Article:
April 20, 2019
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Early education can boost economy and cut crime, Fed expert says

Elaine Thompson | AP
Elaine Thompson | AP
Elliott O'Neil plays on a xylophone at the Wallingford Child Care Center in Seattle, Aug. 27, 2018. Early childhood education contributes to the economy, according to Minneapolis Federal Reserve economist Rob Grunewald.

Early childhood education can have a substantial economic payback and boost the workforce, according to an economist for the Federal Reserve Bank of Minneapolis.

While workforce training programs tend to focus on high school and college students, early childhood education can lead to a substantial return for every dollar invested, economist Rob Grunewald said.

Courtesy of Rob Grunewald
Courtesy of Rob Grunewald
Rob Grunewald.

He was scheduled to speak to Maine lawmakers who make up the Maine Children’s Caucus in Augusta late Wednesday morning. The caucus is a bipartisan group of lawmakers advocating for investment in early childhood education.

“Neuroscience shows that the first few months and years of life have a strong influence on the skills a child cultivates in school and brings to the workforce as an adult,” Grunewald told the Bangor Daily News.

“Long-term research studies show that investments in high-quality early care and education can yield as much as $16 for every $1 invested, particularly for children from disadvantaged environments,” he said.

That includes higher earnings and taxes and less money spent on incarceration or other social programs.

At the same time, adverse experiences and chronic exposure to stress in early childhood can lead to a brain wired for negligence or threat, which can impair learning, memory or the ability to self-regulate, he said.

Grunewald said his talk in Maine aims to educate lawmakers about the importance of pre-school and good day care.

Another side of not having affordable care or education for young children is that a parent or parents might have to take off work or not work at all. Some 73 percent of children younger than 6 in Maine have all of their parents in the labor force. That’s higher than the national average of 65 percent, he said.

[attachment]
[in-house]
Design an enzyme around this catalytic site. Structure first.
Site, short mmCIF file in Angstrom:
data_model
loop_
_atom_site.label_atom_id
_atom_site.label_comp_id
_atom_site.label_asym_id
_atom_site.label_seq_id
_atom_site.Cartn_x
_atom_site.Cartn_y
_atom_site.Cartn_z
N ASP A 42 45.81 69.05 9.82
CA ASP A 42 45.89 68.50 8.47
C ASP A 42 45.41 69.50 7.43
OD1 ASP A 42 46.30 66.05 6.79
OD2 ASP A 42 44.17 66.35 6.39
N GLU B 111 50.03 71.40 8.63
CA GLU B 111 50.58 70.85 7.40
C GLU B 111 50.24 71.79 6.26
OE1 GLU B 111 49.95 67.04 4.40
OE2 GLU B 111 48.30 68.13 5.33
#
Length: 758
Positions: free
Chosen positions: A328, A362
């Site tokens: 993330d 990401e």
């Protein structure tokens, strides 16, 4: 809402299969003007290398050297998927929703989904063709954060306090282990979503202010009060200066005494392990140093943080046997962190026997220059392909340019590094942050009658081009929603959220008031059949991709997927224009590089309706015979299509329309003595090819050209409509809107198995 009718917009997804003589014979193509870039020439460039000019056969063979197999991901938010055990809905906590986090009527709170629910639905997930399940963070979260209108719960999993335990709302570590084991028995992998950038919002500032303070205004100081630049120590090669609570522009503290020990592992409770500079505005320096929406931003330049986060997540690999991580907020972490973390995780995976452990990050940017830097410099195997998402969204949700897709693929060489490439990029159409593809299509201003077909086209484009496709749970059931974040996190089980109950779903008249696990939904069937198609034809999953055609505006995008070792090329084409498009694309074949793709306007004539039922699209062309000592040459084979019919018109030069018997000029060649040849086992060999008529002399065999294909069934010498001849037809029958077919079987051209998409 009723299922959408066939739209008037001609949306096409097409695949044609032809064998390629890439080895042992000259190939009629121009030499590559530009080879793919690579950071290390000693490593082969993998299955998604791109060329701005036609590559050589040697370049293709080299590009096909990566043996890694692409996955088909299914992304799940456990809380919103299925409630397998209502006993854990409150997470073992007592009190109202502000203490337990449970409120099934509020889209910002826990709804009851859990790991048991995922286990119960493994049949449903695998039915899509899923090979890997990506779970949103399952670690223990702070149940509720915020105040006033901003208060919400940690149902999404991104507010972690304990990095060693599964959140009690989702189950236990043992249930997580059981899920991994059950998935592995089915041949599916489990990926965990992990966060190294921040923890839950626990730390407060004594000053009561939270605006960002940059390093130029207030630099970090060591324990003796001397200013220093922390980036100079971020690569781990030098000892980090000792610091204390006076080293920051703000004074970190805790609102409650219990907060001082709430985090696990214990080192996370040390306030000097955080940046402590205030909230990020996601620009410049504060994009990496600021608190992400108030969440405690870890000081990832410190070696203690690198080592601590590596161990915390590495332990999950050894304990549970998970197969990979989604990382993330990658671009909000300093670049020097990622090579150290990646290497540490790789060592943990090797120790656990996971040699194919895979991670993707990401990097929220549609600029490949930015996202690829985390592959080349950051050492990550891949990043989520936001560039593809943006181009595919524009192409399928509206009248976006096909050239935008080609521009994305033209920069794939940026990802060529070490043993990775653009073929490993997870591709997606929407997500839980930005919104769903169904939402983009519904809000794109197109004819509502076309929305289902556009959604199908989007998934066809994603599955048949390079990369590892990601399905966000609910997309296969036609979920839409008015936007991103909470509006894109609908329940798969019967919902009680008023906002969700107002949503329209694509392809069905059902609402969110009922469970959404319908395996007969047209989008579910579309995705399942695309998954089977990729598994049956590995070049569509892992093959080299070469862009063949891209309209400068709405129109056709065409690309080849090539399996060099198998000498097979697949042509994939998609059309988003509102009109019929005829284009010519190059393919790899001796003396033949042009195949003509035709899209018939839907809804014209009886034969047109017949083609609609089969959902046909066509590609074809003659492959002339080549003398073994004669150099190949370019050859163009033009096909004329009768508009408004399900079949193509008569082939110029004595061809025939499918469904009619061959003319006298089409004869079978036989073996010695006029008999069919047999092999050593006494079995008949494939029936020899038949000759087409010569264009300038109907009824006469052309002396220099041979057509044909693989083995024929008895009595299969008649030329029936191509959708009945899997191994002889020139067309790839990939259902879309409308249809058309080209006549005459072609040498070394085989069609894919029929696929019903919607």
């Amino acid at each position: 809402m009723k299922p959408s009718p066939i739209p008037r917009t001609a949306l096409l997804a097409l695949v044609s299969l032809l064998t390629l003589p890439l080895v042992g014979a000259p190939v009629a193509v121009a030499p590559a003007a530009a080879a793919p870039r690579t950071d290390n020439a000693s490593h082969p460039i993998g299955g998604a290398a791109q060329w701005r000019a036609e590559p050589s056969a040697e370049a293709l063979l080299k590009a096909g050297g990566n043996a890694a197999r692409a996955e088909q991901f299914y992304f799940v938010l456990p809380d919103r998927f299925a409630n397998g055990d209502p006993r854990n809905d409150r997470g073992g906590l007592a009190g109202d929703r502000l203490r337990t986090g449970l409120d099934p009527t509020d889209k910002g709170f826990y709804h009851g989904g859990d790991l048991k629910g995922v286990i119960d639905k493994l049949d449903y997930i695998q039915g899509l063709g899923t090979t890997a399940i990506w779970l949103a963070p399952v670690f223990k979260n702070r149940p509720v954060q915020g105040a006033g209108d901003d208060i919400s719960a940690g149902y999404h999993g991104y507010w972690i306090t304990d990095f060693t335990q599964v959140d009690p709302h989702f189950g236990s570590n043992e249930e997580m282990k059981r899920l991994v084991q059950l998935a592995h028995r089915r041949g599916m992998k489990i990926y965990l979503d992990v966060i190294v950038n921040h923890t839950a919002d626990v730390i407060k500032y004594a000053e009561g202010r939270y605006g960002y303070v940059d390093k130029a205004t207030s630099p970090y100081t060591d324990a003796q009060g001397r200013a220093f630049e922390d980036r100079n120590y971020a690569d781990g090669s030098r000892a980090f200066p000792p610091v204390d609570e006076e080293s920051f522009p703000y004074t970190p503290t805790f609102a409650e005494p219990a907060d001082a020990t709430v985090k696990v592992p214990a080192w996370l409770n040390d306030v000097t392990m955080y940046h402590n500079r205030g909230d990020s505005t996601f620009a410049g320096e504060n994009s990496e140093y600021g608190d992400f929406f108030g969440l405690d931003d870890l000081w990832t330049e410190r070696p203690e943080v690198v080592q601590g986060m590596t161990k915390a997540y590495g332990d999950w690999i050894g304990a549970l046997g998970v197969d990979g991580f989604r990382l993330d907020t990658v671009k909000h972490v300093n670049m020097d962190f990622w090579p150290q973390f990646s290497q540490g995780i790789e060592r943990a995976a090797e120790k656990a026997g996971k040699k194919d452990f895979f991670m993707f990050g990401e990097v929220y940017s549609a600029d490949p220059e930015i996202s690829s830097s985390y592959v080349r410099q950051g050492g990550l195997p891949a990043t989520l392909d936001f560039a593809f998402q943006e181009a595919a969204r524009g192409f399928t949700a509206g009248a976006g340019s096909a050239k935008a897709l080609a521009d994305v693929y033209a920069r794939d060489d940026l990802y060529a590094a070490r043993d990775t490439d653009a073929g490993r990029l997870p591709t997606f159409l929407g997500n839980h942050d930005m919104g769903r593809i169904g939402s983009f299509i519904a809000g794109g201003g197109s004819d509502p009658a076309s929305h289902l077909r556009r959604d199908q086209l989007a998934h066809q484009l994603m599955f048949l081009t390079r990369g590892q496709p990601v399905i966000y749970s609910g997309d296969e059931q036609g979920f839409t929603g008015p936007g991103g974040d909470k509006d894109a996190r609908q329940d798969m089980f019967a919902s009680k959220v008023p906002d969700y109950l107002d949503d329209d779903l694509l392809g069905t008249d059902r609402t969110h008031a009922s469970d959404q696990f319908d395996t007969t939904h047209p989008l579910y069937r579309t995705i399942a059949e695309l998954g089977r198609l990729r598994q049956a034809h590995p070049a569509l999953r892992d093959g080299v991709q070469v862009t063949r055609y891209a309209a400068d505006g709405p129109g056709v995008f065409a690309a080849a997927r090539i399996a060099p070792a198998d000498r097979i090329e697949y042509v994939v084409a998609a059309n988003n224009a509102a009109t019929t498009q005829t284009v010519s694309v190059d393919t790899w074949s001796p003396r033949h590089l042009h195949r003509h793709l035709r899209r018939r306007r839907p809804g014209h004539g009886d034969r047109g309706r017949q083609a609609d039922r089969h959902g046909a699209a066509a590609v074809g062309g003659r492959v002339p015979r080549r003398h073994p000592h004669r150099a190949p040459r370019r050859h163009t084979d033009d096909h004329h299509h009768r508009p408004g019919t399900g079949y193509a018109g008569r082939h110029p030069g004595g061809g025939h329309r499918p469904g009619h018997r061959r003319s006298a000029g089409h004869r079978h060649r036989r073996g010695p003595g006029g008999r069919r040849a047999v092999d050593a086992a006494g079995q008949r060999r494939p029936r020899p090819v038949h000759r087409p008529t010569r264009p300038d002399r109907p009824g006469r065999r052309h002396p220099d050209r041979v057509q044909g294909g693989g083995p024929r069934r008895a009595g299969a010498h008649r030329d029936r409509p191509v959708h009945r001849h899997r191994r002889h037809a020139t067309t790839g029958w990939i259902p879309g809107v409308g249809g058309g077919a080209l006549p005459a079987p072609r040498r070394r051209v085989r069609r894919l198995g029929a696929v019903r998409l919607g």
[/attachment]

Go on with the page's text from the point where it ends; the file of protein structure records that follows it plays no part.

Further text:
“Many families struggle to pay the cost of early care and education programs, especially for infants and toddlers. This can reduce productivity on the job when child care arrangements are not reliable or inhibit participating in the workforce altogether,” he said.

The cost to businesses when parents have to leave work or lose their jobs is more than $3 billion, Grunewald said.

“The reliability of child care can have an impact on productivity of the parent workers,” he said. “Investing in children shifts the productivity capacity of the whole economy.”

About 42 percent of Maine children ages 3 to 4 are enrolled in public or private preschools, below the 57 percent average for New England according to the 2018 Education Indicators for Maine Report from Educate Maine. The goal for Maine in 2019 is 50 percent. Some 49 percent of Maine school districts offered public pre-K education, and 87 percent offer full-day kindergarten.

“Economics is an incredibly relevant factor in a child’s educational success,” said Sen. Rebecca Millett, D-Cape Elizabeth, co-chair of the Legislature’s Education and Cultural Affairs Committee, who started the Maine Children’s Caucus with and Rep. Sawin Millett, R-Waterford.

“Children who are poor half of their childhood are 90 percent less likely to complete high school than children who were never poor,” she said.

Rep. Victoria Kornfield, D-Bangor, co-chair of the Legislature’s Committee on Education and Cultural Affairs, said that there is nothing more important than early childhood education

“If kids start behind not knowing colors or numbers, they stay behind,” she said.

Another effort to bring attention to childhood education and well-being is Gov. Janet Mill’s desire to bring back the Children’s Cabinet.

Established by Gov. Angus King in 1995, the Children’s Cabinet was a forum that heads of state agencies used to collaborate on policies to help kids, from education initiatives to criminal justice reforms.

When that group was operating, the commissioners of corrections, education, health and human services, public safety and labor held monthly meetings, separate from regular Cabinet meetings, to discuss children’s issues and design policies.

It ran from 2002 to 2010 and helped attract tens of millions of dollars in federal and private grant money to support programs in Maine, according to a summary written by its staff for the administration of Gov. Paul LePage in 2010.

LePage quietly closed the Cabinet in 2011, saying that similar work could be completed more efficiently without Children’s Cabinet meetings. In her inaugural address last week, Mills said she wants to reopen it.

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